First of all, you need to recalculate. It's now a half a decade later. A lot has been done to make windmills way more efficient in recent years.

Quote
Alstom's ECO 100 wind uses a 122-meter rotor, which is a nearly 40 percent increase from the 100-meter rotor used on the same turbine less than five years ago.
Link >> https://www.power-eng.com/articles/print/volume-118/issue-3/features/advancements-in-wind-turbine-technology-improving-efficiency-and-reducing-cost.html

Second, the conservative CDU (Merkel did that single-handed to be precise) was responsible for phase-out of nuclear, not the greens.

I agree the greens in Germany don't have a convincing climate action plan though. And this is actually a tragedy.

NeilT

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Re: But, but, but Germany ....
« Reply #66 on: April 29, 2019, 03:31:18 PM »
Neil, i think you are making some wrong assumptions here.

First of all, you need to recalculate. It's now a half a decade later. A lot has been done to make windmills way more efficient in recent years.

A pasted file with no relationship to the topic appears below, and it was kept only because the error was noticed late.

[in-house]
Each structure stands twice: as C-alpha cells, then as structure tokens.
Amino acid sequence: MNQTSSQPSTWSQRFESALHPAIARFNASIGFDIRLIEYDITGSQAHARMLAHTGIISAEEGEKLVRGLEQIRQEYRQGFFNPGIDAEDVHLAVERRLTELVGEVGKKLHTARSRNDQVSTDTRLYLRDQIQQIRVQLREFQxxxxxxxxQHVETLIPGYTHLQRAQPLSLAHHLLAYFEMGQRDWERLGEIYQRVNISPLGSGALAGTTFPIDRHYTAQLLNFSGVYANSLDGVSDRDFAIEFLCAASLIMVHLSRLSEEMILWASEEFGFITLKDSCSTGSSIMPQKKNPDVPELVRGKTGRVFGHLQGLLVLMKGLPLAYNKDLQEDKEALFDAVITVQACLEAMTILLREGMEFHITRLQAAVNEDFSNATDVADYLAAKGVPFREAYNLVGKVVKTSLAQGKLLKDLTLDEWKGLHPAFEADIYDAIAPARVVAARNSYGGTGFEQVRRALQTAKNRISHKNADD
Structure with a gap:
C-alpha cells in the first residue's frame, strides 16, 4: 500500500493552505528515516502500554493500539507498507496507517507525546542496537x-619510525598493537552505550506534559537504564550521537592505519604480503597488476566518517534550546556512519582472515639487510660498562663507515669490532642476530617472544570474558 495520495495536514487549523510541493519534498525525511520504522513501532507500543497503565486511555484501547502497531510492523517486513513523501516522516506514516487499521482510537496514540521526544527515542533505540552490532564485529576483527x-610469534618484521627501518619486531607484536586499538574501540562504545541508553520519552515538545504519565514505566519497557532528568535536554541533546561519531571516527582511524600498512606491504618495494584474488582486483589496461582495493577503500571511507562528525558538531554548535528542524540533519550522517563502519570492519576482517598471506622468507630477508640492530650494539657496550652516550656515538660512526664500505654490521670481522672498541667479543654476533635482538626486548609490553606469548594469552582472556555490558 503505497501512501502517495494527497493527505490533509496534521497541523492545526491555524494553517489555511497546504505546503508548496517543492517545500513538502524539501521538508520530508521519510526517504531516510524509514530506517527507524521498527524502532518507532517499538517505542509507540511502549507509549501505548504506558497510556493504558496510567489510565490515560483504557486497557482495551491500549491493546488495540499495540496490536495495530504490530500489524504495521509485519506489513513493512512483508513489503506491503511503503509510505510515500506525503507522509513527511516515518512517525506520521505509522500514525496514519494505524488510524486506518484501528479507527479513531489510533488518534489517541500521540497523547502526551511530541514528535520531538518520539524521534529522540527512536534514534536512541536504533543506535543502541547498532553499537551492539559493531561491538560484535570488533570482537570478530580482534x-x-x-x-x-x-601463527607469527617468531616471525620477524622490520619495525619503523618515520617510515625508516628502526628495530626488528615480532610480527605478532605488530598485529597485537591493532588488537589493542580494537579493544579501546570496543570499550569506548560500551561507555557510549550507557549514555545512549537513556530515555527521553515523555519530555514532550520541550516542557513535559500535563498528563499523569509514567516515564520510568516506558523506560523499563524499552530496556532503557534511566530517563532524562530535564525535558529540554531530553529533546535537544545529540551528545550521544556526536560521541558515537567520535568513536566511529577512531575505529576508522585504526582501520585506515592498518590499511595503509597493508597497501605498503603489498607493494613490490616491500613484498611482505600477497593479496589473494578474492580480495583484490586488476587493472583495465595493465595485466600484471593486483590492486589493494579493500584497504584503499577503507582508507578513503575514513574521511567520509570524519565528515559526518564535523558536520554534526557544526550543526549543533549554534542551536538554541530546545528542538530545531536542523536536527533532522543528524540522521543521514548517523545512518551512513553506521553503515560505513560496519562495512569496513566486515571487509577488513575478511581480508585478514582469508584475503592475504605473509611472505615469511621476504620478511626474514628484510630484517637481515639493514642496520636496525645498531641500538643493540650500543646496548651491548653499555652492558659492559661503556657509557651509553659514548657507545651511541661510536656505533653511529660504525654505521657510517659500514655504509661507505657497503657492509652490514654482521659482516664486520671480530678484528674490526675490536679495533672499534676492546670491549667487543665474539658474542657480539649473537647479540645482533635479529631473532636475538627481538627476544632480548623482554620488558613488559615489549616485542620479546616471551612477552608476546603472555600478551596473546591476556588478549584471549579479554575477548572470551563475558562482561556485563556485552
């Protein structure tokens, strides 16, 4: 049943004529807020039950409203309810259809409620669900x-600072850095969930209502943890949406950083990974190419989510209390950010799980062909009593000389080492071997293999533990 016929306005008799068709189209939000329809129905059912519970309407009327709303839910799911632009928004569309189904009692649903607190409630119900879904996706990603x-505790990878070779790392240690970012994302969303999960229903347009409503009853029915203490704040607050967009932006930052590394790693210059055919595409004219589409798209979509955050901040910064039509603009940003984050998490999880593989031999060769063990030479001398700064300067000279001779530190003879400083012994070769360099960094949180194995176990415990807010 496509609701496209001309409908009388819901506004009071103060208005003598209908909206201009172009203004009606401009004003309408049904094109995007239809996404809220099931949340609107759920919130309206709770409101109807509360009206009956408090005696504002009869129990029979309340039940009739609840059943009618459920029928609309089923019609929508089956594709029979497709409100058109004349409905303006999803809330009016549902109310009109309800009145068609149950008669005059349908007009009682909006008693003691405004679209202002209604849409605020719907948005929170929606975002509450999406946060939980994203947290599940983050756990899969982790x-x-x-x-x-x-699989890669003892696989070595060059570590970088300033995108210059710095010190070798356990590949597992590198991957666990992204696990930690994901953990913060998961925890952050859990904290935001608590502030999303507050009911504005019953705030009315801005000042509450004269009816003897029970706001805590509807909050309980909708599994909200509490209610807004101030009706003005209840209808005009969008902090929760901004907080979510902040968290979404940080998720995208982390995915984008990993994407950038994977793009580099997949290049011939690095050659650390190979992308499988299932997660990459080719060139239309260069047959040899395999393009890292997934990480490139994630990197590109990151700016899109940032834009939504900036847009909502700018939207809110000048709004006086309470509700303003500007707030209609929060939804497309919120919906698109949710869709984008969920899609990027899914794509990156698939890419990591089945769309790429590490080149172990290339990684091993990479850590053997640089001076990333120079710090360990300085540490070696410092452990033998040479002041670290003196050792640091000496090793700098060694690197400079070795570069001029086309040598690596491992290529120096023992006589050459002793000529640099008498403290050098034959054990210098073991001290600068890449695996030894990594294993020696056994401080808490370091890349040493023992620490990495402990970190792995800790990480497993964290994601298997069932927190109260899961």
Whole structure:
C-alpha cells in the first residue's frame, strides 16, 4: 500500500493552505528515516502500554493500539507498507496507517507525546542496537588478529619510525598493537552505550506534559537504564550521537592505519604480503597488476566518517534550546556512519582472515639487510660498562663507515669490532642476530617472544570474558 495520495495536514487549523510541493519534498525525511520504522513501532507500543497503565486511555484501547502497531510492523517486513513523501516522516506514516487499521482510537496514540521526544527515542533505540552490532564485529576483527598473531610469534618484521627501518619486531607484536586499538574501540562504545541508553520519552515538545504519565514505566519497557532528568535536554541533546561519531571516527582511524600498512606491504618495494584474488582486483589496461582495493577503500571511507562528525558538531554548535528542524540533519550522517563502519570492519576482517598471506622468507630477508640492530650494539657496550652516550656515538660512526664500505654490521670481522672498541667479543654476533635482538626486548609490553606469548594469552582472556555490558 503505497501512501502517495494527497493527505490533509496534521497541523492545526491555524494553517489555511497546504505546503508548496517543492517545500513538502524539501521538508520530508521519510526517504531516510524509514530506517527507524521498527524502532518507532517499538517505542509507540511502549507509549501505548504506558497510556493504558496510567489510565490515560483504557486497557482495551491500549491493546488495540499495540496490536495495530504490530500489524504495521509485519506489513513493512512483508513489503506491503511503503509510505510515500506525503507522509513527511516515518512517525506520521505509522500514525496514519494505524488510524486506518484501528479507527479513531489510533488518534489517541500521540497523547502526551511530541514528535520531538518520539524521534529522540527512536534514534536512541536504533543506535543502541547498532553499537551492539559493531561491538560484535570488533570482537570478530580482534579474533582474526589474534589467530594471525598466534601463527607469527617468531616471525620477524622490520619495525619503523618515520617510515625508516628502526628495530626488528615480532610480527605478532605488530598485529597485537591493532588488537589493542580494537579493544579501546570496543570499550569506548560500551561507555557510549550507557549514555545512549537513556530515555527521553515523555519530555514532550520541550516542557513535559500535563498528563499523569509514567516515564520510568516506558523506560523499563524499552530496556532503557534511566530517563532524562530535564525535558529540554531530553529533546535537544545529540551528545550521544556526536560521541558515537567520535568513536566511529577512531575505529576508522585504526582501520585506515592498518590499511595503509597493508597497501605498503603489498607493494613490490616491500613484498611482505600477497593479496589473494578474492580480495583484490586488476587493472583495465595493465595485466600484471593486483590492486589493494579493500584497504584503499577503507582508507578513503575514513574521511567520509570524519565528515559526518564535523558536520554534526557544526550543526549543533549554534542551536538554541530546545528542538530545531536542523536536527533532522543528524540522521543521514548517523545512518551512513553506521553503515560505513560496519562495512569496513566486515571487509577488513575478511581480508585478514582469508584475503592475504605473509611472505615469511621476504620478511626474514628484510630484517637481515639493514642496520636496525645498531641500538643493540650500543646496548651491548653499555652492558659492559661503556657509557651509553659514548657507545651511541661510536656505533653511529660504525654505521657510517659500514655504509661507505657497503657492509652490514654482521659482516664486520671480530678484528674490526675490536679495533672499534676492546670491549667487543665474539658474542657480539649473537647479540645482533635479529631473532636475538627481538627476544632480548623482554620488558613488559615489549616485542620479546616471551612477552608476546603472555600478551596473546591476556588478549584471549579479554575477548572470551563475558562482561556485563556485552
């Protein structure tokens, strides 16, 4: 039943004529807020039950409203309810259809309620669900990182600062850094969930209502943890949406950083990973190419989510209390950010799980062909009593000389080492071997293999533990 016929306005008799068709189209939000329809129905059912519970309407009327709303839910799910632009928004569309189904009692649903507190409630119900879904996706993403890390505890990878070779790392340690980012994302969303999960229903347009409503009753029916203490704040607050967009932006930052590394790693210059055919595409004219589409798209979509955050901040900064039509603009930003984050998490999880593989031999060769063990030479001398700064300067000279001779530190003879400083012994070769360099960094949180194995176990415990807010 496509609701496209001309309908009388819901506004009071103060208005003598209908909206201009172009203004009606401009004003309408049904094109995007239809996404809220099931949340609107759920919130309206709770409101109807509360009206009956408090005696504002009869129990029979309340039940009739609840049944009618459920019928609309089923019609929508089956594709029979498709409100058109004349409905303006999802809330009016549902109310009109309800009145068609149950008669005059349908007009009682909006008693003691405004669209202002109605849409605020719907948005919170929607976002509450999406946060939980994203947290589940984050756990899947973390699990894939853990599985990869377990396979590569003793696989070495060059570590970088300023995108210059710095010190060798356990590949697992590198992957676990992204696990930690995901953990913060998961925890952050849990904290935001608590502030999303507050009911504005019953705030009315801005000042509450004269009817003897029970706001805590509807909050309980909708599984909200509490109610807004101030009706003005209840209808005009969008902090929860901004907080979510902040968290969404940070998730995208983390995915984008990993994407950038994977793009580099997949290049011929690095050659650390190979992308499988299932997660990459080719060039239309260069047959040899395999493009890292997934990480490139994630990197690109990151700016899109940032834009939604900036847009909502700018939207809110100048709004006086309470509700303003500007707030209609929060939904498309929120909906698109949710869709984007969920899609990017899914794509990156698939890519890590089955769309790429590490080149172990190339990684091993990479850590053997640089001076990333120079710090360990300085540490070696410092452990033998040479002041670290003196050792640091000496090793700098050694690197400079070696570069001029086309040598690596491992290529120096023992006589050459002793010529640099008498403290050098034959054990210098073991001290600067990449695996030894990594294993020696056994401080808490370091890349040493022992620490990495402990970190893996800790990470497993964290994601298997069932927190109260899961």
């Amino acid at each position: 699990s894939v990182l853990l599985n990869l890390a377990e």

Quote
Alstom's ECO 100 wind uses a 122-meter rotor, which is a nearly 40 percent increase from the 100-meter rotor used on the same turbine less than five years ago.
Link >> https://www.power-eng.com/articles/print/volume-118/issue-3/features/advancements-in-wind-turbine-technology-improving-efficiency-and-reducing-cost.html

Second, the conservative CDU (Merkel did that single-handed to be precise) was responsible for phase-out of nuclear, not the greens.

I agree the greens in Germany don't have a convincing climate action plan though. And this is actually a tragedy.

Even with a 100% upgrade in turbines and a 100% upgrade in efficiency (to 60%), there are still several major problems.

Space: Simply there is not enough space on land even at this level of efficiency
Cost:  Offshore wind is crippling the longer the field has to be maintained compared to more conventional power.